Banks are holding between 30-60% of their REOs off the market, inventory known in the industry as shadow inventory.
In the Bay Area, for example, banks repossessed 51,602 residential properties between January 2007 and February 2009. Only 30,823 were listed and resold during that same period, leaving 20,779 (40.3%) unaccounted for.
With anywhere between 80,000-100,000 shadow-inventory homes in California, it’s obvious that the foreclosure numbers are being artificially depressed by the banks holding on to these REOs.
Whether it’s due to a bank system overwhelmed by the sheer number of homes they need to process to get them market-ready, or due to lenders deferring sales in order to turn a blind eye to the real extent of their actual losses, we can definitely expect more homes to hit the market and further depress home prices.
How much those prices drop will depend on whether the banks are and will continue to strategically hold back some of their REOs so as to not flood the market.
first tuesday take: The delay in getting properties foreclosed, some 800,000 to go in California during 2009 through 2013, will delay the recovery. Just as investors thankfully rolled into the market of single family residences (SFRs) as buyers to rent or flip the properties, they will soon, with equal force, feel uncertain about the future as the dumping of the coming flood of properties destabilizes prices and rents. Last year’s good deal looks different this year. It always does.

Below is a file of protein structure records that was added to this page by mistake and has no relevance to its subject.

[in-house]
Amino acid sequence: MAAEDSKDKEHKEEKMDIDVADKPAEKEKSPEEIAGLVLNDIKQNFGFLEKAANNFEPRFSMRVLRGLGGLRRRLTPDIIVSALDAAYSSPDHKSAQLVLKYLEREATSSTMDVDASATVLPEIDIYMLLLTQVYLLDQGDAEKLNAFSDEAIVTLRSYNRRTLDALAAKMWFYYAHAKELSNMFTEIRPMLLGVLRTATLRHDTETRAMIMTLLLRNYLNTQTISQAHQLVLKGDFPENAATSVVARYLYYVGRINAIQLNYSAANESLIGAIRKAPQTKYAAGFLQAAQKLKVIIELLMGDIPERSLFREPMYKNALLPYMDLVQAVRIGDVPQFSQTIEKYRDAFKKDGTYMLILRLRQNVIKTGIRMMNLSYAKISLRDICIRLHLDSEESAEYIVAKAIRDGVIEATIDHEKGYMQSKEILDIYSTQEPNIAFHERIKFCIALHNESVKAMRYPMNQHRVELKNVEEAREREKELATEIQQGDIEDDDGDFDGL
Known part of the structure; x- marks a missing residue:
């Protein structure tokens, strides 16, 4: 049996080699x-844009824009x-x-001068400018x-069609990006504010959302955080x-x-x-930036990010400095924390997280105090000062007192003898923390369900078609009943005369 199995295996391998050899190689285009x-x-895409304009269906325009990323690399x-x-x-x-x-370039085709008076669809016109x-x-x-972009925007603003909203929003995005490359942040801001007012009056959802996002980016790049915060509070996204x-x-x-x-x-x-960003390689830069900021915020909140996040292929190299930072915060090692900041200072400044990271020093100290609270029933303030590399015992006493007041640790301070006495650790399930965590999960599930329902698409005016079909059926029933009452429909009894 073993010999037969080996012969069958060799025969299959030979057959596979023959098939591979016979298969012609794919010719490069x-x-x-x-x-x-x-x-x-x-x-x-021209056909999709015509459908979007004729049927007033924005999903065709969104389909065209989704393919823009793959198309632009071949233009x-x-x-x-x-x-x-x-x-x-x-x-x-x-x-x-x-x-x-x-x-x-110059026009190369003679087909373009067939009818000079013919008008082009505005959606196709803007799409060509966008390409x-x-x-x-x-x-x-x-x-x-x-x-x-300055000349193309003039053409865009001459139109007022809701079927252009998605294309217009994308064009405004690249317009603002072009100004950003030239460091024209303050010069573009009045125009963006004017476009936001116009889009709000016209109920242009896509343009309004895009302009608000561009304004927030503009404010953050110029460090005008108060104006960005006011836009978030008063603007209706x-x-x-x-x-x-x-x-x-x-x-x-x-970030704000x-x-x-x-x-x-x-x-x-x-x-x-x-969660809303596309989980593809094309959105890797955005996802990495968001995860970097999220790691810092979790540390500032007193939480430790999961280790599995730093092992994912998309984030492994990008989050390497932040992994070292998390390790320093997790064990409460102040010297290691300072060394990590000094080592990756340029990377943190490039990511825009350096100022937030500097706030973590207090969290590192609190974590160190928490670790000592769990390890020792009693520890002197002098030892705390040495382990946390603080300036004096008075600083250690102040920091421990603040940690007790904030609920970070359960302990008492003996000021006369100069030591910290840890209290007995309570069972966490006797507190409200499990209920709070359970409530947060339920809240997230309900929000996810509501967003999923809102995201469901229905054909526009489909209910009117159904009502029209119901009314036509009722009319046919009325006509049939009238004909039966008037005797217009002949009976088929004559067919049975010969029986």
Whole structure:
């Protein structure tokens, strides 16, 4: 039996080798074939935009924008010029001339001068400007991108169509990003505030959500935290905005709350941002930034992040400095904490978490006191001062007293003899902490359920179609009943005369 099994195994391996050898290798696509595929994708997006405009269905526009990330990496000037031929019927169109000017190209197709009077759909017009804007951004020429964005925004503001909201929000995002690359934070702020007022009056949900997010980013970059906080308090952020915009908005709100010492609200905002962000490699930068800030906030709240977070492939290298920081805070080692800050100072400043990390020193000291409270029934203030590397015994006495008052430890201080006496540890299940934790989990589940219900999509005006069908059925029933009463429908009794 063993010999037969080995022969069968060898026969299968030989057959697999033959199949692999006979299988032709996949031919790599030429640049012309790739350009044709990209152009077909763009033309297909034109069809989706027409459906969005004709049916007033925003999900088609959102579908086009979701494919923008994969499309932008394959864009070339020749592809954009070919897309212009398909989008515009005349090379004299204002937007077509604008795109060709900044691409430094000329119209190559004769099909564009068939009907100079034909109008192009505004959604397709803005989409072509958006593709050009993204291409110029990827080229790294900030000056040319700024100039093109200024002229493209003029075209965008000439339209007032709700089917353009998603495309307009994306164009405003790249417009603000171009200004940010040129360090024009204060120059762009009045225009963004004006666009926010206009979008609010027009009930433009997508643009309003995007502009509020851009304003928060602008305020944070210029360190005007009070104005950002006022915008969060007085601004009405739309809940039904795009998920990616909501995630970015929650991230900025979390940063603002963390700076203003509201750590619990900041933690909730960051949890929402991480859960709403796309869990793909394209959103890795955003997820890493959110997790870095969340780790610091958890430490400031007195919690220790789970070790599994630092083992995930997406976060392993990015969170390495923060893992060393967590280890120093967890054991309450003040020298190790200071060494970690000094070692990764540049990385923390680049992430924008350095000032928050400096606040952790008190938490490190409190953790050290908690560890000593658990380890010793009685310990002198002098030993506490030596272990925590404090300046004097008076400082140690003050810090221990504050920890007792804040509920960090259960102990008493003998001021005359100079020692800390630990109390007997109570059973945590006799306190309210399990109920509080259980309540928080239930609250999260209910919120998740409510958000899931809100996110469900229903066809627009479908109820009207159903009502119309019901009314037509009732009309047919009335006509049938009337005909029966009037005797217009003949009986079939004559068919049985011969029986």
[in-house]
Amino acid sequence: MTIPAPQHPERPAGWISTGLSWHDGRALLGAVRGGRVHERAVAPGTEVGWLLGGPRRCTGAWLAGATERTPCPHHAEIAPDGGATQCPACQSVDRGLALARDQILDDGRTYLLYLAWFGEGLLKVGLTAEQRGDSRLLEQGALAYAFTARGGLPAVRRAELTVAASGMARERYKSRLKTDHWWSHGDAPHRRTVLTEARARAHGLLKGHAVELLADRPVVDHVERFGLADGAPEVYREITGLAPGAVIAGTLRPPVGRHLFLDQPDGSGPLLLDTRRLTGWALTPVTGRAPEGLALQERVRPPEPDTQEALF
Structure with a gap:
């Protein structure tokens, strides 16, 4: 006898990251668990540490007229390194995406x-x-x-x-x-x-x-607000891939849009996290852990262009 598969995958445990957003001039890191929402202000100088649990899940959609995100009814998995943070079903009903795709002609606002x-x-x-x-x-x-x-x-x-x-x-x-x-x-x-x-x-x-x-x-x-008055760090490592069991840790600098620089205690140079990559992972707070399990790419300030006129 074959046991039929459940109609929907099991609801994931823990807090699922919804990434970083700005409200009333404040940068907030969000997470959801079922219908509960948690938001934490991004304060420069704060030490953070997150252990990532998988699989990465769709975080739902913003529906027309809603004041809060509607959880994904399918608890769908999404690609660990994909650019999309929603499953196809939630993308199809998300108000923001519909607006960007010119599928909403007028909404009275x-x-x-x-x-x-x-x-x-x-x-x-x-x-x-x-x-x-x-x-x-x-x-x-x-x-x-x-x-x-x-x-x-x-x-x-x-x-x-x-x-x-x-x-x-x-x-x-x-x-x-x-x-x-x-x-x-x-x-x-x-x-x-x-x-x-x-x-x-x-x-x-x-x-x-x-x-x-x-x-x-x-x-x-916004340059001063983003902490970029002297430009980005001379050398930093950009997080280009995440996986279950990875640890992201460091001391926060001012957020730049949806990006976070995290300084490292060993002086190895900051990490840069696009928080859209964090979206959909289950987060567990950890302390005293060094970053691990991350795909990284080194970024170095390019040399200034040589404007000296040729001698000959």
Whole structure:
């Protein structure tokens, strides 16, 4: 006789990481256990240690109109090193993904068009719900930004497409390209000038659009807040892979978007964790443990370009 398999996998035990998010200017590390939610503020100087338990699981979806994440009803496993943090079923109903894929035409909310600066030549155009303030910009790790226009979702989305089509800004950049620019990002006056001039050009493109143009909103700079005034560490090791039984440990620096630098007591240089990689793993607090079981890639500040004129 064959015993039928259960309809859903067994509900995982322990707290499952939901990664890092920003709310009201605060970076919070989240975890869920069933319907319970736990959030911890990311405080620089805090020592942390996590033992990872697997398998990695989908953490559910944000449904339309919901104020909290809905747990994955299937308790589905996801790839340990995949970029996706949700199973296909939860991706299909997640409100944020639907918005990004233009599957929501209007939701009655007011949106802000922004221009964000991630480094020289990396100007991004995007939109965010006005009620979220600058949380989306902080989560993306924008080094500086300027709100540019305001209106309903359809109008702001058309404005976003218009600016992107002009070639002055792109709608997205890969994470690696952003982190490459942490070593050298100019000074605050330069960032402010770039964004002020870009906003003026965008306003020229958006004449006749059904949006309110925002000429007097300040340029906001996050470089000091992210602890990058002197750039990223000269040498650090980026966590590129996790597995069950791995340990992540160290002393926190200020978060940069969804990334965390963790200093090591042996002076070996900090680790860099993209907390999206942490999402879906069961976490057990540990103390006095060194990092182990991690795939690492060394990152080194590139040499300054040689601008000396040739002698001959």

All this inconsistent foreclosure activity is bad for clearing out the properties which must become REOs and resold. The culprit is both the Congress and state legislatures; they dammed up the clearing of foreclosures which had been taking place in an orderly manner by placing unnecessary conditions on getting the job done. By doing so, they effectively extended the duration of the recession by stopping foreclosures until the lenders could get their footing and get the job done.
Now lenders have to pick up the pace of foreclosures to both catch up on those defaults that stacked up during the moratorium and handle the current additional defaults.
The Federal Deposit Insurance Corporation (FDIC) modification effort has been mostly futile with modified loans re-defaulting at a rate of around 65%– without the necessary cramdown of loan balances needed to keep the loans on the books and off the trustee’s sale roster, it’s all just another delay engineered by the government.
Re: “Banks aren’t reselling many foreclosed homes” from The San Francisco Chronicle